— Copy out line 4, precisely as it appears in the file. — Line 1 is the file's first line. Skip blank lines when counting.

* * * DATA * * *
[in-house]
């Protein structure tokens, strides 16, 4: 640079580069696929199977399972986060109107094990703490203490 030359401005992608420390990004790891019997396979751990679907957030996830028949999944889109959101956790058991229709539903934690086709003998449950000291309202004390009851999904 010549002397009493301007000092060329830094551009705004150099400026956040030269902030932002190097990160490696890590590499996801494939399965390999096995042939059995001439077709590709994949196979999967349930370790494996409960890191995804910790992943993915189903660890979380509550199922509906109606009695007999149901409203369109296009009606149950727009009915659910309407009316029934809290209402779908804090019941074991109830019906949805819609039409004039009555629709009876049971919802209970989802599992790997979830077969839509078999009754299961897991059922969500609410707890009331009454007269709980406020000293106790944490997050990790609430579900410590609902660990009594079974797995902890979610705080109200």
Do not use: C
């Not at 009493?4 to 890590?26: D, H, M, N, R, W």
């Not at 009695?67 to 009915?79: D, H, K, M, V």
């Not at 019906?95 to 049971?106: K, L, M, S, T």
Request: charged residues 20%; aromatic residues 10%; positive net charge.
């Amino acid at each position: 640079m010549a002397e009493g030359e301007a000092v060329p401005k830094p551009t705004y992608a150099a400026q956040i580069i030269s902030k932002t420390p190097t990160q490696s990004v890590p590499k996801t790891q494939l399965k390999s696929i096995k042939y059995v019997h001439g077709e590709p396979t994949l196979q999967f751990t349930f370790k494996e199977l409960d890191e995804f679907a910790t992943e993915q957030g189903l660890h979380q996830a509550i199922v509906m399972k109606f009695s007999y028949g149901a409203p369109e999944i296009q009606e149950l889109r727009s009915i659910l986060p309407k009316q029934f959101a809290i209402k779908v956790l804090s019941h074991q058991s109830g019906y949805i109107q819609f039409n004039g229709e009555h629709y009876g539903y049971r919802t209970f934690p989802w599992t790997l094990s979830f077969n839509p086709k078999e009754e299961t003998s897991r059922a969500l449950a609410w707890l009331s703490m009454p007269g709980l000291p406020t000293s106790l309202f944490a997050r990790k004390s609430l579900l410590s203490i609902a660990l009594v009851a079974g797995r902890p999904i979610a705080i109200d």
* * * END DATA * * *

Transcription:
């Not at 009493?4 to 890590?26: D, H, M, N, R, W």